Georgia is among the states that use a grand jury system to decide whether to pursue criminal charges against a suspect. The purpose of the grand jury is to consider the evidence presented and decide whether there is enough probable cause (evidence) to indict someone for the charged crime.
Generally, a Rockdale citizen age 18 or older who has not been convicted of a felony, not an office holder and not mentally incompetent is qualified to serve. No one is exempt because of his or her job, race, color, religion, sex, national origin, sexual orientation, or economic status. Service is for three months, but usually need to meet only one day per month. Rockdale grand jurors receive the same pay as trial jurors, $25 per day of service.
The Rockdale Judicial Circuit empanels a grand jury of between 16 and 23 members to hear testimony to determine if there is enough evidence to indict, i.e., charge someone and move a case to trial. Some states use preliminary hearings to accomplish the same ends, with a judge making the decision instead of average citizens.
The Rockdale Clerk of Courts uses software to randomly select names from a list of potential grand jurors. The Clerk then issues a summons to appear for jury duty. The grand jury, during its three month term, may hear several cases.
Usually, the grand jury rules on cases involving serious felonies including capital offenses, ones punishable by death. Their work is done in secret, and unlike with preliminary hearings, grand jury hearings are closed to the public. This allows witnesses to speak honestly without fear of reprisal or censure. These proceedings also protect the reputations of defendants. Should the grand jury decide not to issue an indictment, there is no negative publicity.
Grand jury proceedings are more casual than courtroom cases as seen on television. There is no judge, and typically no lawyers other than the prosecutor. Grand juries need a supermajority (12 or more), but not a unanimous decision, to issue what is called a “true bill,” which means an indictment. If they don’t concur, then a “no bill” is issued. If the grand jury returns a no bill, prosecutors can make their case again to a new grand jury. If two consecutive grand juries return a no bill, prosecutors can’t try a third time.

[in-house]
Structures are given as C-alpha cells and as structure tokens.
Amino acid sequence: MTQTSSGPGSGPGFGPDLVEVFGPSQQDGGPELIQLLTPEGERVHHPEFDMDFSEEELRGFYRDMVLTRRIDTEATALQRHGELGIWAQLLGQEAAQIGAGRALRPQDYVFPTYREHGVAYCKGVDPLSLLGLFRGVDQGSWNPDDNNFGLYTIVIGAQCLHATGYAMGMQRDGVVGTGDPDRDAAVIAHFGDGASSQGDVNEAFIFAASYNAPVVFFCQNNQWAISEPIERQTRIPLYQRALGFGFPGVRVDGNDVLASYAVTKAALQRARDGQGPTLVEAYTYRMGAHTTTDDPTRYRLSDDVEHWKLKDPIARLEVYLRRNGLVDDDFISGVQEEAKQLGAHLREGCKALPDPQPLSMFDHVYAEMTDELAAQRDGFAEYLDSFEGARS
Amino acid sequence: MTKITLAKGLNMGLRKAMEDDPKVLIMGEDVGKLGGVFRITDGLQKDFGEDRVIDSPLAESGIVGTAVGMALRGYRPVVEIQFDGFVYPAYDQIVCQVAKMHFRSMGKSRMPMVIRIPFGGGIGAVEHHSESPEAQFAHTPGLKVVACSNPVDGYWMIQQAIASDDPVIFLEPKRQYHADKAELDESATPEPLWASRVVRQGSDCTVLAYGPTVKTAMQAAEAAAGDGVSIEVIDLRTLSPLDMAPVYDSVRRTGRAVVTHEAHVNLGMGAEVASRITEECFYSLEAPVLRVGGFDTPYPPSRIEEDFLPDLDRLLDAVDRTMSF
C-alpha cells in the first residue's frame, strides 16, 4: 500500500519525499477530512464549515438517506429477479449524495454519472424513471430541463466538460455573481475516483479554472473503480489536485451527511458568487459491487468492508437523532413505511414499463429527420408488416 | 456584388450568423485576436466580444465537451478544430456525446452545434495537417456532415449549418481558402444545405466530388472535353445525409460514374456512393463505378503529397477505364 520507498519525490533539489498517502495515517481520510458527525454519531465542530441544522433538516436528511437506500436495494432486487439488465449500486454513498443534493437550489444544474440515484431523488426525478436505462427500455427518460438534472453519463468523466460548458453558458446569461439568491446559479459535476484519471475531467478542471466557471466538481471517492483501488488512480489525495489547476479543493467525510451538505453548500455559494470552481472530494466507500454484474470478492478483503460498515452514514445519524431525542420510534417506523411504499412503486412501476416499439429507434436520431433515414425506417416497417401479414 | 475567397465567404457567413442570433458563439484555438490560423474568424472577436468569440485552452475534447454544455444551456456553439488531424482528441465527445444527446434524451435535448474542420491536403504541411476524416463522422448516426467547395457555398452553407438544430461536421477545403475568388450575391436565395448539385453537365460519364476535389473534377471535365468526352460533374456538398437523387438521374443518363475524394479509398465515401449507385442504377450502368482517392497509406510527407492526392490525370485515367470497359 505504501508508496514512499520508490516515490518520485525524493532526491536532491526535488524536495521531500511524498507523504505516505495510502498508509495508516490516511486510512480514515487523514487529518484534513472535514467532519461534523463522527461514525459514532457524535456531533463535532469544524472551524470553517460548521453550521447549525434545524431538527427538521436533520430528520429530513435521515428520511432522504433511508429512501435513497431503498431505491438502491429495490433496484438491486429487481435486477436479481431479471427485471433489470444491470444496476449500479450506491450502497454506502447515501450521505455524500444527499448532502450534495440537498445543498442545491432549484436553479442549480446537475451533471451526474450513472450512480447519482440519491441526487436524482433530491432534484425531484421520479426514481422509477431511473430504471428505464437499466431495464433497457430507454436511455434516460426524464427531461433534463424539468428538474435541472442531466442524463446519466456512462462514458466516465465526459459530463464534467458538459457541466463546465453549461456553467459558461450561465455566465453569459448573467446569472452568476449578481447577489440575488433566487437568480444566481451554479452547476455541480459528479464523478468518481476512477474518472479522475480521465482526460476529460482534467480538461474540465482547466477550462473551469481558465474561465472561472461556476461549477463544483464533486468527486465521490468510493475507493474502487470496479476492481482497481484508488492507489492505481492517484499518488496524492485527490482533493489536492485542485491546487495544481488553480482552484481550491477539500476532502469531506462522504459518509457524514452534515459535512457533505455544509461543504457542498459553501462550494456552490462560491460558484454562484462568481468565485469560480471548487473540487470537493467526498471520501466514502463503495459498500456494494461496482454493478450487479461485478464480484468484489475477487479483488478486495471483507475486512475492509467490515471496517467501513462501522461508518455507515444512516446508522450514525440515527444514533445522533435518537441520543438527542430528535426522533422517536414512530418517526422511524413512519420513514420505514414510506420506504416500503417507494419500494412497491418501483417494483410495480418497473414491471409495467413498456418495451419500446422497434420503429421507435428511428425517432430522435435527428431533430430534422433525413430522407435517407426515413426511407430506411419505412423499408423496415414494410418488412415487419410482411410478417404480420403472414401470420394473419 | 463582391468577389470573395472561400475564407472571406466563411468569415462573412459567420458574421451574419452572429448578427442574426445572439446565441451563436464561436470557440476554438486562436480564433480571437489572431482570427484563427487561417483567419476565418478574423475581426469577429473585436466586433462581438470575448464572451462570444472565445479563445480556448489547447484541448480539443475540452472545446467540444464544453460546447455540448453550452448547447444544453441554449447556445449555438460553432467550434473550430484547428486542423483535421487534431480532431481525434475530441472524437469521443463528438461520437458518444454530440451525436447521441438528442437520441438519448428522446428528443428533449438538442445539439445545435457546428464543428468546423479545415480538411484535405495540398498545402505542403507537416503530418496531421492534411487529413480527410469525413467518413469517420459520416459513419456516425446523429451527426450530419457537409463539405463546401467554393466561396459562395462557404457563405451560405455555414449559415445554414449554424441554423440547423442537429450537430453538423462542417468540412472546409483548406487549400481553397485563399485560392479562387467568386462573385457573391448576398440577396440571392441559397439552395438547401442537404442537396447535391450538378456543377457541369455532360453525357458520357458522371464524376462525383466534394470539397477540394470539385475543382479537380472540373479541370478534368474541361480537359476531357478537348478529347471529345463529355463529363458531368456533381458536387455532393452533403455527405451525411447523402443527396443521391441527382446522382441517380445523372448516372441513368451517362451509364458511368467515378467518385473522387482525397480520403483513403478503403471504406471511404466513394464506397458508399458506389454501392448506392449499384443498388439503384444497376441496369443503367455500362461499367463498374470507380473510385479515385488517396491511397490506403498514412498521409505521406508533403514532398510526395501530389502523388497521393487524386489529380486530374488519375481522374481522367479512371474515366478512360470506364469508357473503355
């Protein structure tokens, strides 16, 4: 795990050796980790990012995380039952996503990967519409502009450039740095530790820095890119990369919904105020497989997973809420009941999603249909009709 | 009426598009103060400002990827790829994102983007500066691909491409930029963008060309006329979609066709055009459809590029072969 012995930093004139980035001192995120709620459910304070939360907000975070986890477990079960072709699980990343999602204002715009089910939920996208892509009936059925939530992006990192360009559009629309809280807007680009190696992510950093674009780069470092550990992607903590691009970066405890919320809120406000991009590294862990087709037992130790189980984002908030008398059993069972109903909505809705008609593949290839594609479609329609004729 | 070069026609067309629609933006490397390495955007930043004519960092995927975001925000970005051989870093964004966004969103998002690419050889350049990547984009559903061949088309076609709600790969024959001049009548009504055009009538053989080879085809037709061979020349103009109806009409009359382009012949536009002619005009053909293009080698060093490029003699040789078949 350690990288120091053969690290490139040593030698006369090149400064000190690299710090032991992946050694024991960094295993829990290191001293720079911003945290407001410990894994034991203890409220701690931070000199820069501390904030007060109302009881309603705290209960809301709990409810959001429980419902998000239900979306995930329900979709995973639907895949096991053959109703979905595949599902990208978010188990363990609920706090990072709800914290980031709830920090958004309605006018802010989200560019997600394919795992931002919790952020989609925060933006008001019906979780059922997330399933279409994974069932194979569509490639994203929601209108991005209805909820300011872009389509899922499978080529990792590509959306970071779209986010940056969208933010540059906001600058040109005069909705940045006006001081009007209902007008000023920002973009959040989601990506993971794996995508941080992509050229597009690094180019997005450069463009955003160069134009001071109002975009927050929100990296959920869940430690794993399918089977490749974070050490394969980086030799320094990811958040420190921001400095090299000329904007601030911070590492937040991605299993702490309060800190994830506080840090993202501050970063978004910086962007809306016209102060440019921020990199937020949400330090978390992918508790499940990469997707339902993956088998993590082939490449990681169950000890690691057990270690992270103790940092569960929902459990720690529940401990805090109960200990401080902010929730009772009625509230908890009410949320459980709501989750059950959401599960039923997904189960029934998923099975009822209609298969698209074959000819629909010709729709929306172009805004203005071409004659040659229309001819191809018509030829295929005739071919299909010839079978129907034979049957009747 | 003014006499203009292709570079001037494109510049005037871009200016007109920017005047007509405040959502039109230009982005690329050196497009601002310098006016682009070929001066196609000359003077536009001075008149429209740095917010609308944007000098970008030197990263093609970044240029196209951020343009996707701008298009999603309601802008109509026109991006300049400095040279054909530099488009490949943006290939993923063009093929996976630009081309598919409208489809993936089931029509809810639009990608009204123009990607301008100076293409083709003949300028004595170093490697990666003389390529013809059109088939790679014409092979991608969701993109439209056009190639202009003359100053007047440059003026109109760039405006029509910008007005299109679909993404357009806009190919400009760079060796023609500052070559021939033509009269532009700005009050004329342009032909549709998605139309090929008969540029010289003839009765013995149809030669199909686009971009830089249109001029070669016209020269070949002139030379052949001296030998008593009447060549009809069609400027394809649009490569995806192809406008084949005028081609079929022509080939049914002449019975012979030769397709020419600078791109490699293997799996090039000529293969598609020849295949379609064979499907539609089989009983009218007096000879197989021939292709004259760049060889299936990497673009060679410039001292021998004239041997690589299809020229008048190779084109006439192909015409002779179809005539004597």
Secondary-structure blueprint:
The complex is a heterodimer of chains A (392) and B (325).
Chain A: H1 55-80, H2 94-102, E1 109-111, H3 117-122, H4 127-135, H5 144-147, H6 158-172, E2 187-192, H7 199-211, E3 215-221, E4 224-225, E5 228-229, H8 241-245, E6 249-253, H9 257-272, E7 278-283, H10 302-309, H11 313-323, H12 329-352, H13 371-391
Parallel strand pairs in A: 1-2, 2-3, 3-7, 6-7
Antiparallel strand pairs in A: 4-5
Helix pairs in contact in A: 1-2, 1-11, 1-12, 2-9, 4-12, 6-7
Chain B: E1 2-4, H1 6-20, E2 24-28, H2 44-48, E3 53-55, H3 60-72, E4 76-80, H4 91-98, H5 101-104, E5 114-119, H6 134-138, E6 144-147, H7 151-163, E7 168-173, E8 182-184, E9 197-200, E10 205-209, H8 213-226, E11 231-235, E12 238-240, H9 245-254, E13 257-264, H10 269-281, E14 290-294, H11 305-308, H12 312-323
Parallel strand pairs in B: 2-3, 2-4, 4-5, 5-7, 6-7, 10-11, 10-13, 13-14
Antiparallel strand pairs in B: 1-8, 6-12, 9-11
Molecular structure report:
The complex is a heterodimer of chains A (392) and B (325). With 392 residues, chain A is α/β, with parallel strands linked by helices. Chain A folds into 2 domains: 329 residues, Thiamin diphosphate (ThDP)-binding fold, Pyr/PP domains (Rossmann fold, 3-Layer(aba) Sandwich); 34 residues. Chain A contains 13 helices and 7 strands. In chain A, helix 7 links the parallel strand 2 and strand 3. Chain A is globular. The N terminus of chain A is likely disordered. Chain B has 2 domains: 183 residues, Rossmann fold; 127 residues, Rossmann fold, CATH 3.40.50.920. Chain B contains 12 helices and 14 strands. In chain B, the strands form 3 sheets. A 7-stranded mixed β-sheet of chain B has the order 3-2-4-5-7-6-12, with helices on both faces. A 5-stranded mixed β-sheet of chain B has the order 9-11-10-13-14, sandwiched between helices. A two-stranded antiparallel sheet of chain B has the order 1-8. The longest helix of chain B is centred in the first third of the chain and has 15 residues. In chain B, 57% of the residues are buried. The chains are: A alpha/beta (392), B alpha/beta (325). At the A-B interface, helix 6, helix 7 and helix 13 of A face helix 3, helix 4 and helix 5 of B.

Defendants rarely appear before the grand jury, but anyone who is under suspicion of committing a crime or has been arrested should contact a defense attorney. Should a true bill be returned, your criminal defense will need to begin immediately.
Trial juries are impaneled for the length of just one trial. You do not need any special skills or legal knowledge to be a juror. All you need is an open mind and a readiness to work with the other jurors to make decisions. You also need to be impartial — in other words, your decisions must not be influenced by personal feelings and biases. Trial jurors can hear both civil and criminal cases. Even though there are a few differences between civil and criminal courts, the role of the jury generally remains the same.
Trial Jury selection narrows through a process called “voir dire.” It is used by the courts to obtain an unbiased group of people who are truthful and will deliver a clear and just judgment. This basically means that if you are called for jury duty, you will go through a questioning process. This weeds out those who might have connections to the case preventing them from having an unbiased opinion. So even if you’re summoned for jury duty, you might not actually hear a case.
Juries continue to be important to the justice system. Jurors determine the facts of the evidence in the case presented to them. Jury duty is an opportunity to serve the community. We in the court system appreciate your service and will try to make your experience as pleasant as possible. When you are summoned, respond promptly. DO NOT IGNORE YOUR SUMMONS. If you have questions, concerns or special circumstances, just give us a call and we will do our best to work with you. Our Jury Team is here to serve you at 770-278-7902